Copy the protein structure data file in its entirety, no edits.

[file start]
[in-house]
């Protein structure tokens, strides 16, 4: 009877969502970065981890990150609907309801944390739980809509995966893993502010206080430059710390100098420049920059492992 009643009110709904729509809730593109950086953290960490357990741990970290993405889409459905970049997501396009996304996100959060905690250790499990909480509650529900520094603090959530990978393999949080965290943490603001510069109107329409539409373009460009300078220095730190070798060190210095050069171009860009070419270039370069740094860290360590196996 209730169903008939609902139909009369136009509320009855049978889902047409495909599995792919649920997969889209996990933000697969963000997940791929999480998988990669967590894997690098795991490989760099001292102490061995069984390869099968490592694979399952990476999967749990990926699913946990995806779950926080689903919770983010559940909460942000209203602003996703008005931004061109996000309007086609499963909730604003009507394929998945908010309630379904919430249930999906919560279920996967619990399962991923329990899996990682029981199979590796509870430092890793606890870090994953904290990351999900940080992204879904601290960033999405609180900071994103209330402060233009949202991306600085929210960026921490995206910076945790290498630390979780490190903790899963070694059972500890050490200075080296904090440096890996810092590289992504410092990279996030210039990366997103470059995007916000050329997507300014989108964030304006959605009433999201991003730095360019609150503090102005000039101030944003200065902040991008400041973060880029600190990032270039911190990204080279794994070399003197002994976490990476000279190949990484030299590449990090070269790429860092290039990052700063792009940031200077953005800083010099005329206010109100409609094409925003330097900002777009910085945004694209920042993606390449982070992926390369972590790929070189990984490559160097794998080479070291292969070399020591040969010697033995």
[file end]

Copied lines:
[in-house]
């Protein structure tokens, strides 16, 4: 009877969502970065981890990150609907309801944390739980809509995966893993502010206080430059710390100098420049920059492992 009643009110709904729509809730593109950086953290960490357990741990970290993405889409459905970049997501396009996304996100959060905690250790499990909480509650529900520094603090959530990978393999949080965290943490603001510069109107329409539409373009460009300078220095730190070798060190210095050069171009860009070419270039370069740094860290360590196996 209730169903008939609902139909009369136009509320009855049978889902047409495909599995792919649920997969889209996990933000697969963000997940791929999480998988990669967590894997690098795991490989760099001292102490061995069984390869099968490592694979399952990476999967749990990926699913946990995806779950926080689903919770983010559940909460942000209203602003996703008005931004061109996000309007086609499963909730604003009507394929998945908010309630379904919430249930999906919560279920996967619990399962991923329990899996990682029981199979590796509870430092890793606890870090994953904290990351999900940080992204879904601290960033999405609180900071994103209330402060233009949202991306600085929210960026921490995206910076945790290498630390979780490190903790899963070694059972500890050490200075080296904090440096890996810092590289992504410092990279996030210039990366997103470059995007916000050329997507300014989108964030304006959605009433999201991003730095360019609150503090102005000039101030944003200065902040991008400041973060880029600190990032270039911190990204080279794994070399003197002994976490990476000279190949990484030299590449990090070269790429860092290039990052700063792009940031200077953005800083010099005329206010109100409609094409925003330097900002777009910085945004694209920042993606390449982070992926390369972590790929070189990984490559160097794998080479070291292969070399020591040969010697033995």